TV Priest: Uppers – album review
TV Priest: Uppers Sub Pop LP/CD/Cass/DL Out Now Signed to the legendary Sub Pop, TV Priest unleash their debut album of furious guitar driven angry post punk on the world. Is this album their addition to the genre and their personal reaction to the world in the 21st Century or a blatant opportunistic move by […]
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TV Priest: Uppers
Signed to the legendary Sub Pop, TV Priest unleash their debut album of furious guitar driven angry post punk on the world. Is this album their addition to the genre and their personal reaction to the world in the 21st Century or a blatant opportunistic move by Sub Pop to cash in on the popularity of bands like IDLES? Maybe that is just the old cynic in me.
You can’t escape the fact that TV Priest come from the same mould as IDLES, not only musically, take a look at the bands Facebook profile picture, with his ‘tache and beanie hat, Charlie Drinkwater could be a Joe Talbot clone. This isn’t anything new though, how many times have you heard successful bands spawning a thousand sound-alikes, being inspired to pick up a guitar and try to make their mark?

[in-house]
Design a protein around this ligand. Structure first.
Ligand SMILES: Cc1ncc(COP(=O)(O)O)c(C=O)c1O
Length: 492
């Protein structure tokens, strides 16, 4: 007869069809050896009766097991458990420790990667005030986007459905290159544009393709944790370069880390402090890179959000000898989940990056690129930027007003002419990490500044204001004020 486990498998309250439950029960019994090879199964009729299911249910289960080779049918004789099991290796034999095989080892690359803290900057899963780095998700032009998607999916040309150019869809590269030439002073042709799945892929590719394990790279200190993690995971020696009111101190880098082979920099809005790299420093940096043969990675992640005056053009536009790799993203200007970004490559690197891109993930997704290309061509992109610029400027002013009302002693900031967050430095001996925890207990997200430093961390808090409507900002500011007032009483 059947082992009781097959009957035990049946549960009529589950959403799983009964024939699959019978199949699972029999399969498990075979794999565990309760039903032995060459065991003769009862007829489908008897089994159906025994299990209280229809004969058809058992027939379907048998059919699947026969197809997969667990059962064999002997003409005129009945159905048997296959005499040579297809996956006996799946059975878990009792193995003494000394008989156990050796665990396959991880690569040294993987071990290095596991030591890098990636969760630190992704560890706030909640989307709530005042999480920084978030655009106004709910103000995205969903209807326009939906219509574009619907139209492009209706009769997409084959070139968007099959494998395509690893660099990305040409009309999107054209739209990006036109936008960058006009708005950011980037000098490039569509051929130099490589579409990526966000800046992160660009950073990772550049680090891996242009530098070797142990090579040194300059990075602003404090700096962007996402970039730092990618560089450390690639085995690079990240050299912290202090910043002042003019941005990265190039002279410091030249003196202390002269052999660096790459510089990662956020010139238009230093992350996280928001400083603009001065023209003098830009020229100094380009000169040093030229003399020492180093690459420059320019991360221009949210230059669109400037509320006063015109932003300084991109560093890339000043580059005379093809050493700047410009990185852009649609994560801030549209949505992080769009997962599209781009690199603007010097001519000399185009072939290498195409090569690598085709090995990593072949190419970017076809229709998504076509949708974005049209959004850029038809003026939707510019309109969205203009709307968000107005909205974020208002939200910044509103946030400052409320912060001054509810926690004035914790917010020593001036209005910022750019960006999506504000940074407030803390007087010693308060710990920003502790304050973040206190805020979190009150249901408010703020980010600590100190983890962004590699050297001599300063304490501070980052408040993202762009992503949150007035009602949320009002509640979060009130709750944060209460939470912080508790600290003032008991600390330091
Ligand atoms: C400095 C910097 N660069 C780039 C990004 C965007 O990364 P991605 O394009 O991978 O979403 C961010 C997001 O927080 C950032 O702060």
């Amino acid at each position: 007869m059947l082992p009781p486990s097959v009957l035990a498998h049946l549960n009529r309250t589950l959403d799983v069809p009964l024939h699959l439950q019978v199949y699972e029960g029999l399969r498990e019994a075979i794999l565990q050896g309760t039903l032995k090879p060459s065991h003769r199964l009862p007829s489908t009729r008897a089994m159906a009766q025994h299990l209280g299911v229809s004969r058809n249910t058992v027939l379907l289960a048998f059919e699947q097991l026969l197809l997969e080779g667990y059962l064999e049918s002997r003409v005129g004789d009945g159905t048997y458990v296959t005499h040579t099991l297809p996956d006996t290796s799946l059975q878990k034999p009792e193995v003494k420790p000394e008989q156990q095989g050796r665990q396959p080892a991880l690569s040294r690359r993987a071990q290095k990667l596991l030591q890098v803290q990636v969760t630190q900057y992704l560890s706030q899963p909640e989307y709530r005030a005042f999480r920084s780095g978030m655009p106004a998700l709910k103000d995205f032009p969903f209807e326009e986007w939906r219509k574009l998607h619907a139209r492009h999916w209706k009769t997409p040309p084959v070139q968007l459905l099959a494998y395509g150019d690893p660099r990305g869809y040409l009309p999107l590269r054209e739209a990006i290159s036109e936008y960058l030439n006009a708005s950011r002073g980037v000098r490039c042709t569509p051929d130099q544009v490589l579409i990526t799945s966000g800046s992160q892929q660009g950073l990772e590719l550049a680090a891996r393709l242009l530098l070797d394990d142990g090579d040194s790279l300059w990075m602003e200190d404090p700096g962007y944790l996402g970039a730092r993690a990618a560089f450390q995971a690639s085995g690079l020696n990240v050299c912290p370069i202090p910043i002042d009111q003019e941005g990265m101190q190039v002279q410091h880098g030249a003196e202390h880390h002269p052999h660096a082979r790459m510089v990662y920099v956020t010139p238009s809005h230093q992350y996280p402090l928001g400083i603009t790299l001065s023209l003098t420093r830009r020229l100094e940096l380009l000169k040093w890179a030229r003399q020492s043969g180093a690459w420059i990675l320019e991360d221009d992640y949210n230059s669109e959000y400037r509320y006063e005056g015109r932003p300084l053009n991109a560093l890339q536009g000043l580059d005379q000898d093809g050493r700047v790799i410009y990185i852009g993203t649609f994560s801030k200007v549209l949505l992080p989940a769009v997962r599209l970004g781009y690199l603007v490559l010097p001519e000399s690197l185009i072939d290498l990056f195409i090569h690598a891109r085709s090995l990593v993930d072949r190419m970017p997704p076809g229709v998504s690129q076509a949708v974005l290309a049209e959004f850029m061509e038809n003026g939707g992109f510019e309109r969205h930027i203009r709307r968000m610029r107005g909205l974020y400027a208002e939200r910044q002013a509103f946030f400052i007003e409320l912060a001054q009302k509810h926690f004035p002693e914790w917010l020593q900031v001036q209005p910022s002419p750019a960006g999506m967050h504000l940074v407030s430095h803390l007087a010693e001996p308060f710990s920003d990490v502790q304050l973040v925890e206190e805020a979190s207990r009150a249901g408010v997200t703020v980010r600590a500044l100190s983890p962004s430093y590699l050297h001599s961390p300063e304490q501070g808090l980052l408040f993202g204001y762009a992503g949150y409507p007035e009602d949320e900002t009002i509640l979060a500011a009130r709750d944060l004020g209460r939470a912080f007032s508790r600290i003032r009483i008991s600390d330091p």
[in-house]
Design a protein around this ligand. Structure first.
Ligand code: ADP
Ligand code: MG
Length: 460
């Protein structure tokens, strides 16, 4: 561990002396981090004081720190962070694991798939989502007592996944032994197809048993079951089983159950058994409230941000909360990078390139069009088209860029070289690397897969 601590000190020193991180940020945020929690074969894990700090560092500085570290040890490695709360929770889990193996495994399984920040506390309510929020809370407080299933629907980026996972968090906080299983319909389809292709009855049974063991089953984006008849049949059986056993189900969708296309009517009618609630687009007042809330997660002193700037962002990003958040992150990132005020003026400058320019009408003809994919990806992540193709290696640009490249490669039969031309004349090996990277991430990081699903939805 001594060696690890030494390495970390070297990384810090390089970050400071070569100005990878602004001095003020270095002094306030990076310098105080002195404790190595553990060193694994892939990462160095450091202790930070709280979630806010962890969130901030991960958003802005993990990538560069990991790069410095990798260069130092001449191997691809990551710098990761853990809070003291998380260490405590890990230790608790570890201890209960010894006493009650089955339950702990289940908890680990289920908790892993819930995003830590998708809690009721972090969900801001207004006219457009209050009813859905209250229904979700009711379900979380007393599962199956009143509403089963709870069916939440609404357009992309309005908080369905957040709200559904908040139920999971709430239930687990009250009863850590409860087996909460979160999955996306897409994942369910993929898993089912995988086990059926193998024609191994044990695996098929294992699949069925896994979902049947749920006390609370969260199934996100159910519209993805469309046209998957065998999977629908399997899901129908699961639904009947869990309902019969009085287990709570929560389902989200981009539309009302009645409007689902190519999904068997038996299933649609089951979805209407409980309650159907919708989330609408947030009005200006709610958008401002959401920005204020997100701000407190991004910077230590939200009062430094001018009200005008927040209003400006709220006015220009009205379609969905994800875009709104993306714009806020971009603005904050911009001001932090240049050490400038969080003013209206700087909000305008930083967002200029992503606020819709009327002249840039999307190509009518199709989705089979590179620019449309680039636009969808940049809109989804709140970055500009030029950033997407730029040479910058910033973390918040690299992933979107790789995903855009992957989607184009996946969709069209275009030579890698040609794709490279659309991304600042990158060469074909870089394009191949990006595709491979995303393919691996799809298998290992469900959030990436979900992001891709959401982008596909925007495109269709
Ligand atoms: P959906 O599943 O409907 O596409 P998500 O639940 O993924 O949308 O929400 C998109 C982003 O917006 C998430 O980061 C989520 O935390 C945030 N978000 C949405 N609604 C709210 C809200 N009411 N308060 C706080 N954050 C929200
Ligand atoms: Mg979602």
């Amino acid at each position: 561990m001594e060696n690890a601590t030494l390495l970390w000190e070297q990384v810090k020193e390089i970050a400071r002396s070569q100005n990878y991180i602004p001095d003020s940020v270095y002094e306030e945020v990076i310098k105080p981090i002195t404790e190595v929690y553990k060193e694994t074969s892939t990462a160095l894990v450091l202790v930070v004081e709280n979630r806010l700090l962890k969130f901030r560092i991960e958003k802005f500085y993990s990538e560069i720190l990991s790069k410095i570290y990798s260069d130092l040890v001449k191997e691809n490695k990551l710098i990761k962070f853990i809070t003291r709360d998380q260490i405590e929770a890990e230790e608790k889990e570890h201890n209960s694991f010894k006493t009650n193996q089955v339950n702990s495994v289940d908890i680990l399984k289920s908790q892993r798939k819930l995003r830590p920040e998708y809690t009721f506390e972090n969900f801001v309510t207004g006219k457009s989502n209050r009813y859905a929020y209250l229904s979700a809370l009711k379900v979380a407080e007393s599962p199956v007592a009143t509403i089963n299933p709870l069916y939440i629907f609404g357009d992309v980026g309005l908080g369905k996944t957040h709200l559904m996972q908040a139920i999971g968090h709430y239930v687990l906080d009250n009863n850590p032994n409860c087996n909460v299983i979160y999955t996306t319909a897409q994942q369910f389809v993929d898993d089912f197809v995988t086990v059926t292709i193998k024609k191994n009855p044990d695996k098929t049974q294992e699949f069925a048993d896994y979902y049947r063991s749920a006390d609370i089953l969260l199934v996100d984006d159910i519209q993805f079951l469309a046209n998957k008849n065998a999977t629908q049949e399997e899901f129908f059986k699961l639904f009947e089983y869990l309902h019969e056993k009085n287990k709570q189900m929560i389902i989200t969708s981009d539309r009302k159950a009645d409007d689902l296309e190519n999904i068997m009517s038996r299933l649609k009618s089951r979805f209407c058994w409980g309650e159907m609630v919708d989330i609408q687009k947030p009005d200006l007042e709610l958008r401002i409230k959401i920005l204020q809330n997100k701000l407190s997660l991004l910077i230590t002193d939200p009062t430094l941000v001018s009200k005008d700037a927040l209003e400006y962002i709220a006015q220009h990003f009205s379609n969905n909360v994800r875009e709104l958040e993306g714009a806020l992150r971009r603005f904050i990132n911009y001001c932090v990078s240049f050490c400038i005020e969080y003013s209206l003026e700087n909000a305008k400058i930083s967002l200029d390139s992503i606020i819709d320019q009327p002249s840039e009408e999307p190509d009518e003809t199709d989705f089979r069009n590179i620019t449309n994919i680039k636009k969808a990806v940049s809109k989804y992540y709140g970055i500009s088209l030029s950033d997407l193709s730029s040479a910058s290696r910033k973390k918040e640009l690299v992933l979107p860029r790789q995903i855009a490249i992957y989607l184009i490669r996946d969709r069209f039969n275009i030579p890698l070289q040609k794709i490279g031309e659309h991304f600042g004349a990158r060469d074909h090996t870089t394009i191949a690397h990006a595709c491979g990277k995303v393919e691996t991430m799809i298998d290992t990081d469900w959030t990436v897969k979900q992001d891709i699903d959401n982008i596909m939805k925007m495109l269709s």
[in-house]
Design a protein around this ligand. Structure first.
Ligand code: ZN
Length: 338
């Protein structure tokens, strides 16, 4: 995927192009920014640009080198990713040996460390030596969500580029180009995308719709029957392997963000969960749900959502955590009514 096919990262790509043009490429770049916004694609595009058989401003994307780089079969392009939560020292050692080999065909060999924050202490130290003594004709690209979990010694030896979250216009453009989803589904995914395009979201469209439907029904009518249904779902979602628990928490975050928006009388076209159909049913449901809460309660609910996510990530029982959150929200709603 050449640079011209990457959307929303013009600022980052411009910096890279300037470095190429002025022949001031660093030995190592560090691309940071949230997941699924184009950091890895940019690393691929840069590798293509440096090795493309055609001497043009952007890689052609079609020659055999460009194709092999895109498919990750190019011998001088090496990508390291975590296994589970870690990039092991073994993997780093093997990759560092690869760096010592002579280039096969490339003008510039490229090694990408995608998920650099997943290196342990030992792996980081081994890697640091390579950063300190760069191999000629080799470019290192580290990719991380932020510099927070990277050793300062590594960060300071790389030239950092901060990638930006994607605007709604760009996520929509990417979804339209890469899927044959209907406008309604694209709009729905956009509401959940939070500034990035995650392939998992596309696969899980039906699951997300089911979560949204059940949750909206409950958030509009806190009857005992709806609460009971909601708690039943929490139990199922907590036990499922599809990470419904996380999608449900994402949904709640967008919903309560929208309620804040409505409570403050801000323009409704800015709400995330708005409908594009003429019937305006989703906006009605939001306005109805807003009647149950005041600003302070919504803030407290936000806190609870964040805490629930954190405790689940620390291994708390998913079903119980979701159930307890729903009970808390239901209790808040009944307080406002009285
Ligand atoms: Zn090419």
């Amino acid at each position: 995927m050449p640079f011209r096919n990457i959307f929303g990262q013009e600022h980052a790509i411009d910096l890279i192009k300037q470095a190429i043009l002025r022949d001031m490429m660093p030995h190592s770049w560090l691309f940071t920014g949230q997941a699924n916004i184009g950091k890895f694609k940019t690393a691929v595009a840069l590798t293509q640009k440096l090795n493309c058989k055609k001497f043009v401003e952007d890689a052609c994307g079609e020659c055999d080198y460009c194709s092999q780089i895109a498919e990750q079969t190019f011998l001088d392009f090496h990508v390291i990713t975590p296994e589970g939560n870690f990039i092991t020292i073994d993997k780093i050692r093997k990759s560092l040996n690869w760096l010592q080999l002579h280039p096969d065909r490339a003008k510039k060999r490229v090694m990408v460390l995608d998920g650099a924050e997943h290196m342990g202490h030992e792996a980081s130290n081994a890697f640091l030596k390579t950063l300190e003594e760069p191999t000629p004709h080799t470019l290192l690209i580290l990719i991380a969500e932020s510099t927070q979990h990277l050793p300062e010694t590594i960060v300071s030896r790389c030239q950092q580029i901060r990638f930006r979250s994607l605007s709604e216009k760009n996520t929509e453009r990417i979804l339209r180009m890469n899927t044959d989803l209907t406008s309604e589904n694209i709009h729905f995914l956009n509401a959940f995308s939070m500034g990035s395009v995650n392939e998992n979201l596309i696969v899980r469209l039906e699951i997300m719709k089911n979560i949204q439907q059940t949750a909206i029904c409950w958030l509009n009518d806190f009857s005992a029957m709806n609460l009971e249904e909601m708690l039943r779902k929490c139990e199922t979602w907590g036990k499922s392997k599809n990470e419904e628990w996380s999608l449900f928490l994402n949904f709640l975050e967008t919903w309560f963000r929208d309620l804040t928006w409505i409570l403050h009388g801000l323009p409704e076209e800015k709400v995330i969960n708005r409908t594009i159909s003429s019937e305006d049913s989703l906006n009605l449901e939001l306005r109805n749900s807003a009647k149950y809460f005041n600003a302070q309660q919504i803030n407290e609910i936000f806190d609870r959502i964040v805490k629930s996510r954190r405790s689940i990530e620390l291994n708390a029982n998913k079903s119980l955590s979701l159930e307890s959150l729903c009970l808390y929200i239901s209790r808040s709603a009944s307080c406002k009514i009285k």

Don’t get me wrong, that isn’t to say this is a bad album. When you take the sum of its parts and its influences, looking further back than the current crop of IDLES wannabes, there are hints of The Fall, The Pop Group, post/art punk angular guitars. They are recreating a formula that has worked over the years and will no doubt garner a dedicated following.
Undoubtedly, songs like Fathers and Sons and the emotion of Powers of Ten feels like IDLES. Sometimes the overall sound the band creates a hybrid of IDLES and Future Islands, such is the deep resonance of Drinkwater’s vocal and the passion that comes through on songs like Slideshow.
Some of the high points to the album include the sparse openness of Journal of a Plague Year. Inspired by Daniel Defoe’s account of a man’s experience of the bubonic plague in 1665, Drinkwater links this to the here and now, paraphrasing the theme of the “new normal” in the current pandemic situation. They follow this with the delicate beauty of the instrumental History Week.
The final two tracks on the album point towards a slightly different sound, less of the dissonant anger, lyrics more sung than spoken/shouted, and more of a melodic driving sound especially on the last track and one of my album favourites, Saintless.
Scratch the surface, peel away the layers and you’ll find something here to make you think there might be something more to come.
TV Priest – Facebook – Sub Pop
All words by Neil Hodge. More writing by Neil on Louder Than War can be found at his author’s archive. You can also find Neil online at his blog thegingerquiff.